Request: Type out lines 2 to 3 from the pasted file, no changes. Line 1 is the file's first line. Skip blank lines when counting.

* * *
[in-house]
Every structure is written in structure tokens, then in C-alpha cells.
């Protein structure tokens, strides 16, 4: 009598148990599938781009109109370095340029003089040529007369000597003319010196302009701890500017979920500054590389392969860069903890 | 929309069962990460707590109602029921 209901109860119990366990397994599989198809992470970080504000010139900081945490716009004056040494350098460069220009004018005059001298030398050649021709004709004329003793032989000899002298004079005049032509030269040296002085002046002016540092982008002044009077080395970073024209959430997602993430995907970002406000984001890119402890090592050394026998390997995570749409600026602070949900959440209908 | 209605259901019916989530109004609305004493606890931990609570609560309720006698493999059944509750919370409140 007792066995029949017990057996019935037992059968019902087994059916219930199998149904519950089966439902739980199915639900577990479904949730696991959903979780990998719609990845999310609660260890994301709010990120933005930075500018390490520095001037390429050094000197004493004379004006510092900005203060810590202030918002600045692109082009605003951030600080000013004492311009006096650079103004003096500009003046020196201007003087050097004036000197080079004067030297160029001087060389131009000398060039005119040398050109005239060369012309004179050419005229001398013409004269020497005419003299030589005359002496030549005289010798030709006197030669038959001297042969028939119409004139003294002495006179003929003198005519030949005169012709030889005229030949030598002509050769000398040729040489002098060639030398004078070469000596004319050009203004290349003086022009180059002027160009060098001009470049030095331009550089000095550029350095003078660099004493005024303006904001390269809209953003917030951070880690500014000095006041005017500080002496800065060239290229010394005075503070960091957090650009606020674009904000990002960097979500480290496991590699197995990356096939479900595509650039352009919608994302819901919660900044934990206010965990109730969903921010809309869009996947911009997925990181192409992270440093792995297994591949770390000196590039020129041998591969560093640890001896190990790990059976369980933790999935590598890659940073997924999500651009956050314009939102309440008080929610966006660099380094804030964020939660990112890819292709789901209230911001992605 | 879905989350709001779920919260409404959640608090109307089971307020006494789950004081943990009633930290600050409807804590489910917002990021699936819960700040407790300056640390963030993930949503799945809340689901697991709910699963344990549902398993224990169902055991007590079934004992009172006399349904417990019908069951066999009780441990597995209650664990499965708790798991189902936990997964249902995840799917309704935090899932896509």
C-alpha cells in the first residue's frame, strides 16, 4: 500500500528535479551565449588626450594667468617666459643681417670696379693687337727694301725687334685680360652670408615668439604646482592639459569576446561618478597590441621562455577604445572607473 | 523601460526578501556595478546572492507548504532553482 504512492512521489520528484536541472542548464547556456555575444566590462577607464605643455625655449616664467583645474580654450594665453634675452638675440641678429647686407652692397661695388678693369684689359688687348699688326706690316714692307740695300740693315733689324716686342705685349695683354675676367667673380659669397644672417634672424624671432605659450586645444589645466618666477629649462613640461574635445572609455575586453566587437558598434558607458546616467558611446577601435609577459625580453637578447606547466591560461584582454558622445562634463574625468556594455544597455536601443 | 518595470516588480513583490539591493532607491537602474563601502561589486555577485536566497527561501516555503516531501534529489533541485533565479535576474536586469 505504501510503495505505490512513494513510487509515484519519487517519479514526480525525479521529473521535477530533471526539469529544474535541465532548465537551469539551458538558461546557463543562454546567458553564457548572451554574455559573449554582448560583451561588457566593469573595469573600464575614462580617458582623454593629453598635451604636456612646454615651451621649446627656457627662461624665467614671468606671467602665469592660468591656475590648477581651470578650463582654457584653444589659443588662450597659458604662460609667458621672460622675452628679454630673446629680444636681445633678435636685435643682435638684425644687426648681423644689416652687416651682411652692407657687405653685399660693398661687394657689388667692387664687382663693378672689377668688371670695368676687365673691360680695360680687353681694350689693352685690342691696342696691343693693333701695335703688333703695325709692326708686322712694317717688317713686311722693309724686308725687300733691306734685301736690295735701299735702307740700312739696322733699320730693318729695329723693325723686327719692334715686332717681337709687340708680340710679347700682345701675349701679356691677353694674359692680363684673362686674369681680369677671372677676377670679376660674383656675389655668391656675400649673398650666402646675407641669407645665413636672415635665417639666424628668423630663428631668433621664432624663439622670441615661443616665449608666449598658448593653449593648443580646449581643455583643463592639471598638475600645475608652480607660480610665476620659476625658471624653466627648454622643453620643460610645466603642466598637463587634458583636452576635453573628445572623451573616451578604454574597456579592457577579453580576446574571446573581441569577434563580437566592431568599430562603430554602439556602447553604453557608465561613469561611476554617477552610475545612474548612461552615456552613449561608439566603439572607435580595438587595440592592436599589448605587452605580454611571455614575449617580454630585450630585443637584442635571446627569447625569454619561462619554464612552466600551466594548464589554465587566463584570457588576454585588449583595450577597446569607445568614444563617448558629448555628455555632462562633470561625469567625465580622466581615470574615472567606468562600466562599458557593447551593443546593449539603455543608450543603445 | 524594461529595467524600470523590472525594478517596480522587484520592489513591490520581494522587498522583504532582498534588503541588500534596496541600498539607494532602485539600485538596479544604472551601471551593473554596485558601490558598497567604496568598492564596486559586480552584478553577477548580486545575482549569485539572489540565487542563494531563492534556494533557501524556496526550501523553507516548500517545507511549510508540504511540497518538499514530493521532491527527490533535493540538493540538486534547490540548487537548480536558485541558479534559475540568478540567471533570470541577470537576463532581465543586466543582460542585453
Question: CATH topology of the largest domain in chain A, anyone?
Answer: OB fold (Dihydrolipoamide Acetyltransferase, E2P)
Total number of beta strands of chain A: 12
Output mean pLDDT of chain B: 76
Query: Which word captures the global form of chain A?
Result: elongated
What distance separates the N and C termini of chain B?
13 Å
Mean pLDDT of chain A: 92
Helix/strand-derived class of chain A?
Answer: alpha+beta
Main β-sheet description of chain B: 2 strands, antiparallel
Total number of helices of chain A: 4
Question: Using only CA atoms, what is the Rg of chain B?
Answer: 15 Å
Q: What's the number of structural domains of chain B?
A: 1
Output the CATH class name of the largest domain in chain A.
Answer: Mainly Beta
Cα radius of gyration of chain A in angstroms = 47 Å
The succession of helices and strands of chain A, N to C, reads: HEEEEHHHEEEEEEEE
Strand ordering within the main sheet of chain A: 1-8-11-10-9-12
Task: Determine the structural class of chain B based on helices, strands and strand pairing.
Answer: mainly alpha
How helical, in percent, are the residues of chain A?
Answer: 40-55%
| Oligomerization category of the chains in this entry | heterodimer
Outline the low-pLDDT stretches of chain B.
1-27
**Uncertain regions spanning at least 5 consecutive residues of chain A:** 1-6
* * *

Every structure is written in structure tokens, then in C-alpha cells.
């Protein structure tokens, strides 16, 4: 009598148990599938781009109109370095340029003089040529007369000597003319010196302009701890500017979920500054590389392969860069903890 | 929309069962990460707590109602029921 209901109860119990366990397994599989198809992470970080504000010139900081945490716009004056040494350098460069220009004018005059001298030398050649021709004709004329003793032989000899002298004079005049032509030269040296002085002046002016540092982008002044009077080395970073024209959430997602993430995907970002406000984001890119402890090592050394026998390997995570749409600026602070949900959440209908 | 209605259901019916989530109004609305004493606890931990609570609560309720006698493999059944509750919370409140 007792066995029949017990057996019935037992059968019902087994059916219930199998149904519950089966439902739980199915639900577990479904949730696991959903979780990998719609990845999310609660260890994301709010990120933005930075500018390490520095001037390429050094000197004493004379004006510092900005203060810590202030918002600045692109082009605003951030600080000013004492311009006096650079103004003096500009003046020196201007003087050097004036000197080079004067030297160029001087060389131009000398060039005119040398050109005239060369012309004179050419005229001398013409004269020497005419003299030589005359002496030549005289010798030709006197030669038959001297042969028939119409004139003294002495006179003929003198005519030949005169012709030889005229030949030598002509050769000398040729040489002098060639030398004078070469000596004319050009203004290349003086022009180059002027160009060098001009470049030095331009550089000095550029350095003078660099004493005024303006904001390269809209953003917030951070880690500014000095006041005017500080002496800065060239290229010394005075503070960091957090650009606020674009904000990002960097979500480290496991590699197995990356096939479900595509650039352009919608994302819901919660900044934990206010965990109730969903921010809309869009996947911009997925990181192409992270440093792995297994591949770390000196590039020129041998591969560093640890001896190990790990059976369980933790999935590598890659940073997924999500651009956050314009939102309440008080929610966006660099380094804030964020939660990112890819292709789901209230911001992605 | 879905989350709001779920919260409404959640608090109307089971307020006494789950004081943990009633930290600050409807804590489910917002990021699936819960700040407790300056640390963030993930949503799945809340689901697991709910699963344990549902398993224990169902055991007590079934004992009172006399349904417990019908069951066999009780441990597995209650664990499965708790798991189902936990997964249902995840799917309704935090899932896509």